Quote: "The Department for Work and Pensions has admitted making up comments from supposed "benefit claimants" that appeared in a leaflet about sanctions.
The leaflet, which has now been withdrawn, included positive example stories from people who claimed to have interacted with the sanctions system.
In one example, titled "Sarah's story", a jobseeker is quoted as
being "really pleased" after a cut to her benefits supposedly encouraged
her to re-draft her CV.
"It's going to help me when I'm ready to go back to work," the fabricated quote reads.
But in response to a freedom of information request by the Welfare Weekly website the DWP said the quotes were not actually real cases and that the photos were not of real claimants.
“The photos used are stock photos and along with the names do not
belong to real claimants. The stories are for illustrative purposes
only," the department said.
The leaflet, a copy of which is available in full at Welfare Weekly, contains no suggestion that the stories are not real.
The revelation is controversial because the sanctions system has been
criticised for causing extreme hardship and being operated in an unfair
and arbitrary way.
In March this year Parliament's Work and Pensions Select Committee
said there was evidence that sanctions were geared towards punishing
people for being unemployed and might not actually help them find work.
The MPs said there was evidence that the benefit cuts for
unemployed people caused more problems than they solved and might be
Previous widely-criticised decisions include people being
sanctioned for missing jobcentre appointments because they had to attend
a job interview, or people sanctioned for not looking for work because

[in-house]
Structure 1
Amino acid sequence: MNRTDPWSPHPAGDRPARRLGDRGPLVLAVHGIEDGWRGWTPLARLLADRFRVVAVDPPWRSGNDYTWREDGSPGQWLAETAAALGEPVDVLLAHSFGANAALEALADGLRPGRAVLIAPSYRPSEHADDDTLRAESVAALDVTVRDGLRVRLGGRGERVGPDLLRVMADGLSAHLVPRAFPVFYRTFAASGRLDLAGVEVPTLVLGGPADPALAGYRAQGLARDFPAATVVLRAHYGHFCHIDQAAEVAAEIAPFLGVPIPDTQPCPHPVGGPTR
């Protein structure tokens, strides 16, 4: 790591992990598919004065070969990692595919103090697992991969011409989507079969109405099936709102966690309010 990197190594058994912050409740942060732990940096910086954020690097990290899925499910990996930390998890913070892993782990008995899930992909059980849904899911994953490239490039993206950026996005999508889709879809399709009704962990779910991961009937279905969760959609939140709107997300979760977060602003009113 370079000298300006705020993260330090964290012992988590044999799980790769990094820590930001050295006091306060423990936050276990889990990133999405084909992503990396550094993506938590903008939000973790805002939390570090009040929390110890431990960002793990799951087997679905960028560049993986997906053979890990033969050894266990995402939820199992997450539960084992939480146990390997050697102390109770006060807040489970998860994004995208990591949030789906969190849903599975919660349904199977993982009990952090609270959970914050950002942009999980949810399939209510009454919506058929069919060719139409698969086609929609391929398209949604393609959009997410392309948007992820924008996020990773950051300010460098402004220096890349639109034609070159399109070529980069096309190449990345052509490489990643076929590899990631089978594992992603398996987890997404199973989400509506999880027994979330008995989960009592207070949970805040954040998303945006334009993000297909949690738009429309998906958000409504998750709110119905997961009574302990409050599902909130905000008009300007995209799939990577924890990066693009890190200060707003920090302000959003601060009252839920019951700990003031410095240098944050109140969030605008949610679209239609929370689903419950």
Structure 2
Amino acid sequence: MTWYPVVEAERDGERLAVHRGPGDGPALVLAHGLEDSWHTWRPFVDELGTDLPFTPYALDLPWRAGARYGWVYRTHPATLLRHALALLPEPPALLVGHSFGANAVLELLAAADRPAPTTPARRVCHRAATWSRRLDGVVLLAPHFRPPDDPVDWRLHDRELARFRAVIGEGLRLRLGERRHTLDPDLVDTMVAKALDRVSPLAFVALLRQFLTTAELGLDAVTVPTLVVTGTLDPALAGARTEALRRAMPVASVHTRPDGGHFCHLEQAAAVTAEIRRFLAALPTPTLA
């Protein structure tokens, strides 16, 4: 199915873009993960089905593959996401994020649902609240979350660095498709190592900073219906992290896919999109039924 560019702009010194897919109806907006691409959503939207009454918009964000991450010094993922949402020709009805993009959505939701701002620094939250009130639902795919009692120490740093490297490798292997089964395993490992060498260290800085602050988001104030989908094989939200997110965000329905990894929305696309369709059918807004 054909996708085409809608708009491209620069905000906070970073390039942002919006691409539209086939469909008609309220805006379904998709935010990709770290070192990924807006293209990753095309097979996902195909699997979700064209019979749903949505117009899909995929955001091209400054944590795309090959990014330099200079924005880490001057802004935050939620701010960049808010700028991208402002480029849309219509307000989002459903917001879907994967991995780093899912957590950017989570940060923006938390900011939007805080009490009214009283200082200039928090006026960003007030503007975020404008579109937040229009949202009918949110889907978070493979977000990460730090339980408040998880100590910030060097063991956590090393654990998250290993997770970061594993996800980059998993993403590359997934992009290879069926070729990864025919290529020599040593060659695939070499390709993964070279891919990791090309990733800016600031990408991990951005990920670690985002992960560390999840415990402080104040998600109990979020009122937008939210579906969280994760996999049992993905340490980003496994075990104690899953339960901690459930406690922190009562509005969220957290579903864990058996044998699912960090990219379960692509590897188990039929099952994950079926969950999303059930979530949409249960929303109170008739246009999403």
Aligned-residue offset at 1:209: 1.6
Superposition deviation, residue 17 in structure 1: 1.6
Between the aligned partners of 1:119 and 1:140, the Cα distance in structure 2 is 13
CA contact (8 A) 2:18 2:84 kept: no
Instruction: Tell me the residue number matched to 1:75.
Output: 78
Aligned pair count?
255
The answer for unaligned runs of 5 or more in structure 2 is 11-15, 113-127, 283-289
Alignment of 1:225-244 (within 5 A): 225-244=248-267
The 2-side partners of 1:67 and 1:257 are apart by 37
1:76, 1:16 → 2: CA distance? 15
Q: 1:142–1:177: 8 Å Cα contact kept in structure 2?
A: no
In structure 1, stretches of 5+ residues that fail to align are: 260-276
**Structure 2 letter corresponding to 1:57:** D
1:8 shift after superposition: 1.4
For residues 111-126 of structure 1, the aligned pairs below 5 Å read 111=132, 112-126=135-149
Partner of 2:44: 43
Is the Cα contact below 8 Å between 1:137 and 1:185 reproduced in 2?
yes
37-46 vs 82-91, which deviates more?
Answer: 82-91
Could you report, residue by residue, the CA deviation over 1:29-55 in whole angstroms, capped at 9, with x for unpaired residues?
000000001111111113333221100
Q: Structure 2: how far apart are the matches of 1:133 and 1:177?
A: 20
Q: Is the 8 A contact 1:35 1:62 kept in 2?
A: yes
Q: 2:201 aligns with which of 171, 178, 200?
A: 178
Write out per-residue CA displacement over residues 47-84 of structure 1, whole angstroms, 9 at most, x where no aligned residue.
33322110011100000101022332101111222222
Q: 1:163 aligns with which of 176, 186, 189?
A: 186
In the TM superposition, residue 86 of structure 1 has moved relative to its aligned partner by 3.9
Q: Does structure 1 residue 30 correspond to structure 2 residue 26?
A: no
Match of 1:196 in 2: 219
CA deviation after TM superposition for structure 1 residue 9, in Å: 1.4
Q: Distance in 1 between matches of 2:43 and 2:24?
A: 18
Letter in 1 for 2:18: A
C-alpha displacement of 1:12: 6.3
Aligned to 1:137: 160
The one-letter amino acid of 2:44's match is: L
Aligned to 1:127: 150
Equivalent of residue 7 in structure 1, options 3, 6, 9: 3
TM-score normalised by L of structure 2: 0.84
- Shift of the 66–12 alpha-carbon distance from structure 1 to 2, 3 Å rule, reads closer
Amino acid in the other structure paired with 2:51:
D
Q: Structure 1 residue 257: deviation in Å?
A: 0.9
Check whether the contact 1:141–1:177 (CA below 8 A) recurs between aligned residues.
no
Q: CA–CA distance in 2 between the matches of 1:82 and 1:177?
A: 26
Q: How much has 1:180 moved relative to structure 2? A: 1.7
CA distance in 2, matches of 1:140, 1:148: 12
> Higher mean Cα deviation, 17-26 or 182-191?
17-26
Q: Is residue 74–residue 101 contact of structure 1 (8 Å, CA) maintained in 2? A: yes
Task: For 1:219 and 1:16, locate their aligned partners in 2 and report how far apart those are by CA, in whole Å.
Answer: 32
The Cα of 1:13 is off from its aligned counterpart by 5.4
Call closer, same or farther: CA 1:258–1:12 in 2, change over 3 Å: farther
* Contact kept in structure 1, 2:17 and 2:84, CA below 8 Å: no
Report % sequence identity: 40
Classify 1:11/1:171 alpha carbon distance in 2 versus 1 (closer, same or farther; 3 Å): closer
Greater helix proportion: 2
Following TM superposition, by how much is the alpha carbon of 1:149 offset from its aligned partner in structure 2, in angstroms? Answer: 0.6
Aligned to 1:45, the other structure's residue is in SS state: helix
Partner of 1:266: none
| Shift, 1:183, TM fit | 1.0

they had already secured a job due to start in a week’s time.
In one case a man with heart problems was sanctioned because he had a heart attack during a disability benefits assessment and thus failed to complete the assessment.
Charities including Crisis and the Joseph Rowntree Foundation
say the sanctions are responsible for a significant increase in
homelessness and rough sleeping in Britain under David Cameron's
Mark Serwotka, the general secretary of the PCS union, told the Independent that the department's actions were "sinister".
Another example shows the system working well
"It's disgraceful and sinister that DWP has been trying to trick people
into believing claimants are happy to have their benefits stopped or
threatened. Sanctions are unnecessarily punitive and counterproductive,
and should be scrapped," he said.
Dan Scorer, Head of Policy at the learning disability charity Mencap said the DWP had misled the public.
made up case studies present an unrepresentative view of the sanctions
regime and its impact on disabled people. Benefits are a lifeline to
many people with a learning disability who rely on them to make ends
"We know many people have been sanctioned because
Jobcentre staff don't understand their needs and place unrealistic
demands on them while not providing support they need. To mislead the
public on the effects of benefit sanctions in this way is unacceptable.”
The DWP added in the FOI response to the website: “We want
to help people understand when sanctions can be applied and how they can
avoid them by taking certain actions. Using practical examples can help
us achieve this.
“We have temporarily changed the pictures to silhouettes and
added a note to make it more clear that these are illustrative examples
“We will test both versions of the factsheet with claimants
and external stakeholders to further improve it in the future. This will
include working with external organisations.”
A Department for Work and Pensions spokesman told the Independent:
“The case studies were used for illustrative purposes to help people
understand how the benefit system works. They’re based on conversations
our staff have had with claimants. They have now been removed to avoid
confusion”." Go to: http://www.independent.co.uk/news/uk/politics/dwp-admits-making-up-quotes-by-benefit-claimants-saying-sanctions-helped-them-10460351.html